would go to him. For instance, if there were 1,000 ballots marked Mr. Graham for second choice, 333 votes would be credited to him, and if that was sufficient to elect him, well and good. But if Mr. Graham' had received 4 001 ballots on which he was marked first choice, he would be declared elected, and the balance over and above the number of votes necessary to elect Sir Wilfrid Laurier would go to the next choice, Mr. Lemieux or Mr. Murphy, and so on down through the whole list, the over-plus, after one man was elected, being transferred to the next man; and similarly with the Conservative candidates.
In a constituency such as I have described, the labour men would be able to elect at least one man if 4,000 voters or anything like that number, marked the labour man as their first choice. If the labour candidate -was short a few hundred votes, he might still be elected by the ballots on - which he was marked as second or third or even fourth choice. In discussing this question, people have occasionally asked me, what better off should we be if we had in the House more labour men, or Socialists or Independents, instead of representatives of the two big parties that have always ruled in this country, Liberals and Conservatives? Well, my idea is this, and I think my right hon. leader would -agree with me if he were here, and the Prime Minister also-, or any other man who has had experience in governing in Canada. I think it would be better for the people of Canada, and immeasurably better for the Government, whichever party happened to be in power, if instead of having a certain amount of dissatisfied public opinion throughout * the Dominion, which never in the ,past has found itself properly represented in proportion to ite strength in our legislatures or on the floor of this House-in my opinion it would be better to have that body of opinion represented in the House, rather than remain unrepresented and dissatisfied outside, because all who have been any time in the House know there is no place like the House of Commons to rub the corners off a man, and where a man of extreme views so quickly finds hie level; it does not take them very long to find out what can and what cannot be done by Parliament. If the labour party were represented -in this House according to its strength in the country, if instead of having one labour man in this House, we had ten., I am quite satisfied that it would, be of advantage to the House and of advantage to the labour party,
because they would soon find out that it was not the easiest thing in the world with the legislative machinery we have at present to put their theories all into practice.
There are other advantages in this system, and one of the main ones is this: proportional representation in my judgment would strike a heavy blow, a body blow, to bribery and corruption in elections, and for this reason. We all know that in singlemember constituencies where the vote is close and the majority around one or two hundred, particularly in the older-settled parts of the .country, the politics of the voters is pretty well fixed; yon can generally tell about how many Liberal and how many Conservative votes there will be at any election. In a constituency like that it is possible for some interests, or a combination of interests., who were able to swing say one hundred or two hundred votes, probably one hundred votes would be sufficient, to go to a candidate and say: "You only have a narrow margin, but if you will vote in our interests on certain lines, or vote against certain other interests, we will swing our full support in your favour. If not, we will vote against you." Under proportional representation that kind, of thing could not be done to anything like the same extent, and the candidate would be freed from that sort of pressure. That, to my mind, would be one very, very great advantage. Under proportional representation, if I have sized it up correctly, you would get a better class of candidates. Lots of good men have been kept out of politics for the simple reason that they did not want the strenuous work of fighting a close election, with all the unpleasantness that it involves. But in a five or seven-member constituency a big man who was well known in the district might put up as a candidate, because if five members were to. be elected he would only require one-sixth of the. vote, plus one, or if seven were to be elected one-eighth of the vote plus one, and that would do away with the necessity of making a close personal canvass like many of us have to make at the present time, because every one of us has to get one more than half the total number of votes .polled to be elected. But under proportional representation, where only a percentage of the vote is required to elect a man, yon would get a better class of candidates, and that would be to the advantage of the electors, and of advantage to the country as a whole.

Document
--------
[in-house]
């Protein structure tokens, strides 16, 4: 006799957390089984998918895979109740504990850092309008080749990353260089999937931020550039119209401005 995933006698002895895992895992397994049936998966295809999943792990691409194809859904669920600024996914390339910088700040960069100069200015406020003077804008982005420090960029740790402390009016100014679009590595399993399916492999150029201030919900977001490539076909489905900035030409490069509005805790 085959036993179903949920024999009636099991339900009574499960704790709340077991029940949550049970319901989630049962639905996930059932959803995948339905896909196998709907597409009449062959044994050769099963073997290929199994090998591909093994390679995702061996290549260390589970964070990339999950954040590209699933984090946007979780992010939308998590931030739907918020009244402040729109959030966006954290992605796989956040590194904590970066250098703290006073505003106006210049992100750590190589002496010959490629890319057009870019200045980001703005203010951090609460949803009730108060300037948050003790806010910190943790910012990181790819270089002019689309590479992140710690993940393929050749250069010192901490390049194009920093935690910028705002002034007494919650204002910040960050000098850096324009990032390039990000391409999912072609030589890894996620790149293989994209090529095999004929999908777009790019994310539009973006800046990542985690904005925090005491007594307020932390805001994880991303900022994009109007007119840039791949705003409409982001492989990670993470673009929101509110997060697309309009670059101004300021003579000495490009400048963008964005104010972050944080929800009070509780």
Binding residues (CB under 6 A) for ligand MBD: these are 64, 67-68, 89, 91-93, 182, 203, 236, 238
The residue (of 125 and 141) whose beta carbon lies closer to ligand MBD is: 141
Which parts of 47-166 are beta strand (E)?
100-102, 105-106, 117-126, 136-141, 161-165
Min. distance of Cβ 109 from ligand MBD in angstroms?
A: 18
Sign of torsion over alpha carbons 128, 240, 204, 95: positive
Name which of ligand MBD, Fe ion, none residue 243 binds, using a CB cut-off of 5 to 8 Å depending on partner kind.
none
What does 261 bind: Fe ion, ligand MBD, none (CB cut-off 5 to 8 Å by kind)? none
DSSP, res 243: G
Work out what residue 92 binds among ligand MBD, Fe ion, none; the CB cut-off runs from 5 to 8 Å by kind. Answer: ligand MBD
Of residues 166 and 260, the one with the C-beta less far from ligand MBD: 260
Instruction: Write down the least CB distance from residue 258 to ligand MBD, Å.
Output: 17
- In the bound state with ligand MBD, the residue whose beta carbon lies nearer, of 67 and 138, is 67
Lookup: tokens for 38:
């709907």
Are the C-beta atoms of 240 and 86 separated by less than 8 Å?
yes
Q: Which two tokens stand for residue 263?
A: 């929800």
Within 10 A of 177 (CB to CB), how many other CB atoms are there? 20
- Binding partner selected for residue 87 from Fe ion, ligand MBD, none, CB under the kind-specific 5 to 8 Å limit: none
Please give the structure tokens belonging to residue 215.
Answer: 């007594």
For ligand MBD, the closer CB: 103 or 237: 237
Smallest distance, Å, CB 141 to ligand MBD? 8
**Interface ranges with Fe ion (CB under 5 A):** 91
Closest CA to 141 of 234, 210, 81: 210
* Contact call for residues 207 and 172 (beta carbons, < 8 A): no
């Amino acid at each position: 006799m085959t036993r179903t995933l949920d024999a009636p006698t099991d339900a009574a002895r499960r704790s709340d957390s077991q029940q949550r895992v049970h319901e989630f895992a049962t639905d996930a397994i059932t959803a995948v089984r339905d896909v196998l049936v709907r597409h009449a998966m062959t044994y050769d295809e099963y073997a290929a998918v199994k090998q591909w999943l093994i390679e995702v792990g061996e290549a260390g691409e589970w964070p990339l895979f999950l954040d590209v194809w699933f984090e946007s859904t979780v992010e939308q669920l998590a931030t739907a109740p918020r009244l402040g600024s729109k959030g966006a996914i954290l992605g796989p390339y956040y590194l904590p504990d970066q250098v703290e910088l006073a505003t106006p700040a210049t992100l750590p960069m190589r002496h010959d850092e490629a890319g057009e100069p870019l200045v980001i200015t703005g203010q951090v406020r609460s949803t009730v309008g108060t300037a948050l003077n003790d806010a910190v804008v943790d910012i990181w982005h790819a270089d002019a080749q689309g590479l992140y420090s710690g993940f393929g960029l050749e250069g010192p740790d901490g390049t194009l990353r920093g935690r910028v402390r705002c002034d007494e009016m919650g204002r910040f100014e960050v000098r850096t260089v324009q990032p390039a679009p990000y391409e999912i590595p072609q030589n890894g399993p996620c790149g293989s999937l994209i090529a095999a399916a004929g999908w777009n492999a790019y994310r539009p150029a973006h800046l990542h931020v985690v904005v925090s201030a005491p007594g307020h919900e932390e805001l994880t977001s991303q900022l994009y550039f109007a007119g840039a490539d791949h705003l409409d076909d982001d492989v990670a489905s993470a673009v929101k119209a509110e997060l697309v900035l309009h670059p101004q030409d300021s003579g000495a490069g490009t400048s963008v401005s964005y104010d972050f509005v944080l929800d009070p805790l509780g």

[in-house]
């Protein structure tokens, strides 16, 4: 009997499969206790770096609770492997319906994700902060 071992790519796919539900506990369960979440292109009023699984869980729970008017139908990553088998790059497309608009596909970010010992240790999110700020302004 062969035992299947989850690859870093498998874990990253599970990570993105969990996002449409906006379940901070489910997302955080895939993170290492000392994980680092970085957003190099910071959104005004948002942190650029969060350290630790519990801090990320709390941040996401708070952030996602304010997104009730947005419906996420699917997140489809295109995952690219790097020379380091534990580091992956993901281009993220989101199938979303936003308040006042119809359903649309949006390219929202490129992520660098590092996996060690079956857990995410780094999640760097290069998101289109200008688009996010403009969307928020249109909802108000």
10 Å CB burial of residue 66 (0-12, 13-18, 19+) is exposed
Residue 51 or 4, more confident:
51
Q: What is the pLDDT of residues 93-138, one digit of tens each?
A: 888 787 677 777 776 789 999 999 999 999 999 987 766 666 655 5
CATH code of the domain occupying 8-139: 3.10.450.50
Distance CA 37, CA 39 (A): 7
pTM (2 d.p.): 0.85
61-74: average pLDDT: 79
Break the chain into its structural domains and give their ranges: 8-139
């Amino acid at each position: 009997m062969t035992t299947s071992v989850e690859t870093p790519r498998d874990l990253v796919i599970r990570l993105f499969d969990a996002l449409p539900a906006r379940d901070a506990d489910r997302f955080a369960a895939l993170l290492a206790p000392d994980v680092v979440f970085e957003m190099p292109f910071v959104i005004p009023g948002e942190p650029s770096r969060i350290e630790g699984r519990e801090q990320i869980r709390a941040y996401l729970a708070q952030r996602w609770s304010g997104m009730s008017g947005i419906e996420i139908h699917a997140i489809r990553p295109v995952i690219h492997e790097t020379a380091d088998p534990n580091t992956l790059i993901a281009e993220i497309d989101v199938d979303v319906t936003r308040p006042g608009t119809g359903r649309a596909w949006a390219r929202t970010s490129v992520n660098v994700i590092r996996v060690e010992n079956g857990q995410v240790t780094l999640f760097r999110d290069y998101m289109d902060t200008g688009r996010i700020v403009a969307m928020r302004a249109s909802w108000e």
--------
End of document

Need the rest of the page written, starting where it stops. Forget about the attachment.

Proportional representation would also do away with certain anomalies that exist
at the present time, but before dealing with that I will take up one or two other objections that are sometimes made. One objection is that under proportional representation the parties in Parliament would be very evenly divided. That is true, you would have it more evenly divided than at the present time. But in every case you would have the majority ruling. We are not exempt from the possibility of a very even division of the House under the present system. In the province of Ontario a comparatively few years ago, the Hardy Government was returned by a very small majority. When the late Sir George Ross became Prime Minister and went to the country, he had a majority of only three, as I recollect it, and yet he held office for several years. And we see the same thing to-day. In the province of New Brunswick there is a very small majority-